VERONA, Italy -- Reducing costs for carmakers and dealers should be the goal of any future rules governing vehicle distribution in Europe, a top European official said.
“Profit levels of almost 3 percent (of sales) for automakers and almost 1 percent for retailers are not sustainable, thus future distribution rules should reduce costs and increase efficiency,” said Paolo Cesarini, the head of the European Commission unit in charge of competition in the auto sector.
Cesarini spoke here May 14 at the 2009 Automotive Dealer Day event.
The EU must decide on the future of the auto industry's block exemption. The current regulatory regime gives automakers, car retailers and repairers an exemption from EU free-trade rules.
The current exemption ends May 31, 2010.
Cesarini declined to say whether the current rules would be revised and extended or scrapped, which would leave the auto industry to abide by the same rules that cover other industries.
Last month, EU Parliament member Christoph Konrad, who participated in the decision-making process for the current block exemption enacted in 2002, said the Commission appears ready to extend the block exemption past May 31, 2010.
Two strong possibilities
Konrad said two variants of the regulation have an edge in the discussions: One option is for Brussels to apply a more general umbrella block exemption, "which then will be augmented with sector-specific guidelines for the auto industry."
The other option is for an automotive block exemption similar to the current one, but "streamlined." In this case, dealer protection provisions relating to new-car sales would be eliminated.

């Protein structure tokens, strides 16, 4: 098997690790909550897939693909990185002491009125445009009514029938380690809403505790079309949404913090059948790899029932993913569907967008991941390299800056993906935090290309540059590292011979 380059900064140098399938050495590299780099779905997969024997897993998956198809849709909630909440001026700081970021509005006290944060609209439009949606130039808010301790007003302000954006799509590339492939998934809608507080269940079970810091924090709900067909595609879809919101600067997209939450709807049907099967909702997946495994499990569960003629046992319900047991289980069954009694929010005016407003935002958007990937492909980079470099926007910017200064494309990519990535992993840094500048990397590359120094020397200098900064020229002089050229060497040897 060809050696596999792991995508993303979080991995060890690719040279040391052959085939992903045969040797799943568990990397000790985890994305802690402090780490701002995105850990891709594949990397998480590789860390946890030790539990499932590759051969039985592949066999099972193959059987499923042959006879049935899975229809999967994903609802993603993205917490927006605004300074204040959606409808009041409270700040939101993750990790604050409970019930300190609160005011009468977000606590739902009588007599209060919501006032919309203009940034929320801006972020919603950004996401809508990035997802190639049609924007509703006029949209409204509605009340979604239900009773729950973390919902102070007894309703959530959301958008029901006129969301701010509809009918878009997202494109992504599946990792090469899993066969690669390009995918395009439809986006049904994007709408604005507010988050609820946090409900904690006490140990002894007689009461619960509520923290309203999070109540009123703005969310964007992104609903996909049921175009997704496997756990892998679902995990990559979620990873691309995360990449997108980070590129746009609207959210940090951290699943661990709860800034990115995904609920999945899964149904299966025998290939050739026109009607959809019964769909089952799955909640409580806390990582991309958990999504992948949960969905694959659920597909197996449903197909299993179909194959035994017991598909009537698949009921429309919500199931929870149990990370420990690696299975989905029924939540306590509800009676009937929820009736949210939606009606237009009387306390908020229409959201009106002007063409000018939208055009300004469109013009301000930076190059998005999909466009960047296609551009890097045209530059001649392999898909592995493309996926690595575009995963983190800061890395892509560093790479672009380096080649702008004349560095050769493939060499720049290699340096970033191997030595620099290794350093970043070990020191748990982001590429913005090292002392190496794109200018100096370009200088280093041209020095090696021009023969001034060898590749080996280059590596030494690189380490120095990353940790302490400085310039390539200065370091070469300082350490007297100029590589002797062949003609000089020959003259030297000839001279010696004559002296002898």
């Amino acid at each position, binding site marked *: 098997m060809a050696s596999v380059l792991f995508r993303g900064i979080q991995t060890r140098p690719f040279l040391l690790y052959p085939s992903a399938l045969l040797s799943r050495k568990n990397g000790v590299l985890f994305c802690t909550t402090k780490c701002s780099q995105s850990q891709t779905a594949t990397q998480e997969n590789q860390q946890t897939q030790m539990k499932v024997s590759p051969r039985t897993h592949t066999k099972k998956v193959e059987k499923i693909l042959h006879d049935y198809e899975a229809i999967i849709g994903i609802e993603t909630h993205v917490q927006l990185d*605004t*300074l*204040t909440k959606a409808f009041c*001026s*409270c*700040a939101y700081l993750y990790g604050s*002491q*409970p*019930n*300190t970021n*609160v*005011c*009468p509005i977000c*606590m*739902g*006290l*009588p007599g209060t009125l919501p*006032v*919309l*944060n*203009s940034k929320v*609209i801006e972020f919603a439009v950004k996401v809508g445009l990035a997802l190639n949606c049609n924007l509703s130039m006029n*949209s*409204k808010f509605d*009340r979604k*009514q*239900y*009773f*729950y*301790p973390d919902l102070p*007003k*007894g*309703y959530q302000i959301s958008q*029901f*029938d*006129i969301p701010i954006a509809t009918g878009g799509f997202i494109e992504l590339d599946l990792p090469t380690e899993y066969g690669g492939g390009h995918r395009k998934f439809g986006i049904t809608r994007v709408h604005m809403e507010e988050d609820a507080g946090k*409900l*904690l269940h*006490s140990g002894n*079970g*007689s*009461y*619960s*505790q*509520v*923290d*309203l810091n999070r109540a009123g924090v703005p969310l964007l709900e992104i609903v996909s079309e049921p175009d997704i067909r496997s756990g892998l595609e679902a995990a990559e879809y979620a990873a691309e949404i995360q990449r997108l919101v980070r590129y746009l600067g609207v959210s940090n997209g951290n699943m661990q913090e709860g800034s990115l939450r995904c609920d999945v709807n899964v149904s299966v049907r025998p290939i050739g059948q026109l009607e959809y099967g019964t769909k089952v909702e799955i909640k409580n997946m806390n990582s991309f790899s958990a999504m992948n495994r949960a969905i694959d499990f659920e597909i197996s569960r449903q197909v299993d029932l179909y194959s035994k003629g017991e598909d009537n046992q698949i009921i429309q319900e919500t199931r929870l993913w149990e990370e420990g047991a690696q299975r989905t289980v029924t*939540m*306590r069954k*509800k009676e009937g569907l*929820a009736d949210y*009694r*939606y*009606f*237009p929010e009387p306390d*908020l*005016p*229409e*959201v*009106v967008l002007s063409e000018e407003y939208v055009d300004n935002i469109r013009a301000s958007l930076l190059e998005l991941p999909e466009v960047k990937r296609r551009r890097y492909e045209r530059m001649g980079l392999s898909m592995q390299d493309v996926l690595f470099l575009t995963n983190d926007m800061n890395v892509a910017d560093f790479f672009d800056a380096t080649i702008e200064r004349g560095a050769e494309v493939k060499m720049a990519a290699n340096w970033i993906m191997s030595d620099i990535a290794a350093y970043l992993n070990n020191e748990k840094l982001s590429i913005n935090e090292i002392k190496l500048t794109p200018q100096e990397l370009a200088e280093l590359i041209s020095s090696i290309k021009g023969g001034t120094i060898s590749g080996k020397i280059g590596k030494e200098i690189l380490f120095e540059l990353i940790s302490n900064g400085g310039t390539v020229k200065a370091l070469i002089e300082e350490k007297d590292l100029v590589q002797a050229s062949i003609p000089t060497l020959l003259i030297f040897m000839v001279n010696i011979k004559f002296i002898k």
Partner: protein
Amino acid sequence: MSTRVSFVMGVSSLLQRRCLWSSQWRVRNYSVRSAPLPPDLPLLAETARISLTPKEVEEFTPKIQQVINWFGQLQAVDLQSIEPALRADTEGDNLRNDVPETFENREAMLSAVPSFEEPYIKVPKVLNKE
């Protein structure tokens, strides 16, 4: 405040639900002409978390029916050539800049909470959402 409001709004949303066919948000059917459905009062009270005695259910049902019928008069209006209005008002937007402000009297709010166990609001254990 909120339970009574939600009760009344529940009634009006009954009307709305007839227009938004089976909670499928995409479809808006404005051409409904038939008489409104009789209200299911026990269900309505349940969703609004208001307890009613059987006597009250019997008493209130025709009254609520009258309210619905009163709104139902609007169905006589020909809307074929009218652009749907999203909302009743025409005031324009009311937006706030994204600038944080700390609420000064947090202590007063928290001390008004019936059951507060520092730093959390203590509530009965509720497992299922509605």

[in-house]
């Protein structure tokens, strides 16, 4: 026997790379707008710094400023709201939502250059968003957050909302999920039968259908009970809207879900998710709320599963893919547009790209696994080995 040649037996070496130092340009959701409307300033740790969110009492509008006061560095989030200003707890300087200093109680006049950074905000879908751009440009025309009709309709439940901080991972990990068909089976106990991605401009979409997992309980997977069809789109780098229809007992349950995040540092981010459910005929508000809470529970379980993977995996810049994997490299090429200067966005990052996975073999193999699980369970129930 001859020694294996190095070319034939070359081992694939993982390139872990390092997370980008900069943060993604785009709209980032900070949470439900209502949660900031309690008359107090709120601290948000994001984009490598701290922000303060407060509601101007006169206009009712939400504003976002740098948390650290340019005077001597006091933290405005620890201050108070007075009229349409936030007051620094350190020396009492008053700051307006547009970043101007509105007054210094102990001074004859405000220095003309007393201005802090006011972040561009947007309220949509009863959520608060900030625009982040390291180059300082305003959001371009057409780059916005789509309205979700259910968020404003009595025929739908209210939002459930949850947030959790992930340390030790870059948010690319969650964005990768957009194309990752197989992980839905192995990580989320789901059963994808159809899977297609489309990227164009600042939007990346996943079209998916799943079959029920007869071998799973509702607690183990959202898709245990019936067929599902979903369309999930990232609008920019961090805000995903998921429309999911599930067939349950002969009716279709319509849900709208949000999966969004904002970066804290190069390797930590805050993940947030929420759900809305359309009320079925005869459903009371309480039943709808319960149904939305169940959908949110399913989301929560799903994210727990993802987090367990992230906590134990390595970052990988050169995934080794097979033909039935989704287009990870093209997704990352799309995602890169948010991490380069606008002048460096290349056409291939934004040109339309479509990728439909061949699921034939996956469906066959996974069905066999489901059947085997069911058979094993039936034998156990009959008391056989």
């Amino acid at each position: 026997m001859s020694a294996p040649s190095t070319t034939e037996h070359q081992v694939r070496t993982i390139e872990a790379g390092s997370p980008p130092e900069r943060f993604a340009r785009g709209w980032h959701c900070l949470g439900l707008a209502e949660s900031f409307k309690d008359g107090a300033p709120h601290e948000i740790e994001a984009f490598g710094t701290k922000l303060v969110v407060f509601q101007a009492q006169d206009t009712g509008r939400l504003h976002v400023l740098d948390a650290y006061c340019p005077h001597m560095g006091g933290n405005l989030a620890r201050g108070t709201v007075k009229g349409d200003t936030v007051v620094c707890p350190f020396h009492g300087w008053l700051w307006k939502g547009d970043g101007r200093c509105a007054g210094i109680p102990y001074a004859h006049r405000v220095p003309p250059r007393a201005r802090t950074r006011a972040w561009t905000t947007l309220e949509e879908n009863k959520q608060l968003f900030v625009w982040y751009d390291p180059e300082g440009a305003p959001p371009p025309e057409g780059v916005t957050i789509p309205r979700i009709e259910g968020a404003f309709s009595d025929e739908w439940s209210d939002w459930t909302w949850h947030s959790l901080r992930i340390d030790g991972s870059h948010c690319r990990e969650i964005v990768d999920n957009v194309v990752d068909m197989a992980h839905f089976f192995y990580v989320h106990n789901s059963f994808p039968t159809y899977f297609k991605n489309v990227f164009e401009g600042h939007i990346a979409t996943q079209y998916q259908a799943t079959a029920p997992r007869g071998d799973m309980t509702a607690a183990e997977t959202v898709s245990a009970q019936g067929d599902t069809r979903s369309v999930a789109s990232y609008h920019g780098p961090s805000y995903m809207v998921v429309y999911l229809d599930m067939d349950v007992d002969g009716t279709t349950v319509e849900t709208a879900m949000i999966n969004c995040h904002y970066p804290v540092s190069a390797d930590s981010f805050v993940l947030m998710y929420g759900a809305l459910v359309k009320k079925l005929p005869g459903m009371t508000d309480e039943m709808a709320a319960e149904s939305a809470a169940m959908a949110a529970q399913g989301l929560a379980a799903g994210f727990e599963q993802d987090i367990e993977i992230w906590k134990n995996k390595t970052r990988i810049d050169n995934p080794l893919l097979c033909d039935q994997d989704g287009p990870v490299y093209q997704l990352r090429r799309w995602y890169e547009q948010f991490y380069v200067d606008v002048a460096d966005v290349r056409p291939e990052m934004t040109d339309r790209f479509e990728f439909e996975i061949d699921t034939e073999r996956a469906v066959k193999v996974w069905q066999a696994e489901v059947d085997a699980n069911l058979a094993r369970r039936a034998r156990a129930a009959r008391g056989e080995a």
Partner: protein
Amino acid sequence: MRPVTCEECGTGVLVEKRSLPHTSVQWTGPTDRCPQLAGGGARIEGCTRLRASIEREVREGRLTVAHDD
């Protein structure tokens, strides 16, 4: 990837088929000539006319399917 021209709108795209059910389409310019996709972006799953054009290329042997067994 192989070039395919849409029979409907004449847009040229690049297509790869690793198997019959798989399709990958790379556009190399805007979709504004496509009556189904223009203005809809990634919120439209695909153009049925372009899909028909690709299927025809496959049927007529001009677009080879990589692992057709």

The aim of the current rules was to increase competition between and within brands as well as promote innovative ways of selling cars.
The rules guarantee dealers and repairers certain contractual rights, access to arbitration, and the sharing of technical information. They also make it easier for dealer groups to establish multifranchise sales facilities and open stores anywhere in Europe.
Opinions about the block exemption still vary widely. Most automakers would favor lifting the exemption while authorized dealers oppose any change to the existing regulation.
Independent dealers are mostly neutral, and consumer organizations oppose stricter trade rules.
Despite all the different opinions and ideas, Cesarini said that rules will exist and that no one should fear that European auto distribution will “become a jungle.”
Cesarini admitted that some of the results of the current rules have been is radically different from what was expected.
For example, the introduction of the so-called “location clause,” which gave dealers the freedom to open a sales or delivery point anywhere in the EU, was delayed two years because retailers feared it would disrupt the sector.
“Reality showed this was not such a big issue,” Cesarini said, because very few dealers opted to expand outside their borders.
The new rules also let automakers require dealers to meet a common set of standards throughout Europe. This change was supposed enhance the look and performance of existing dealers and protect them against newcomers.
“Many automakers tended to impose excessive standards, that became an added burden instead than a protection (for their existing dealer network),” Cesarini said.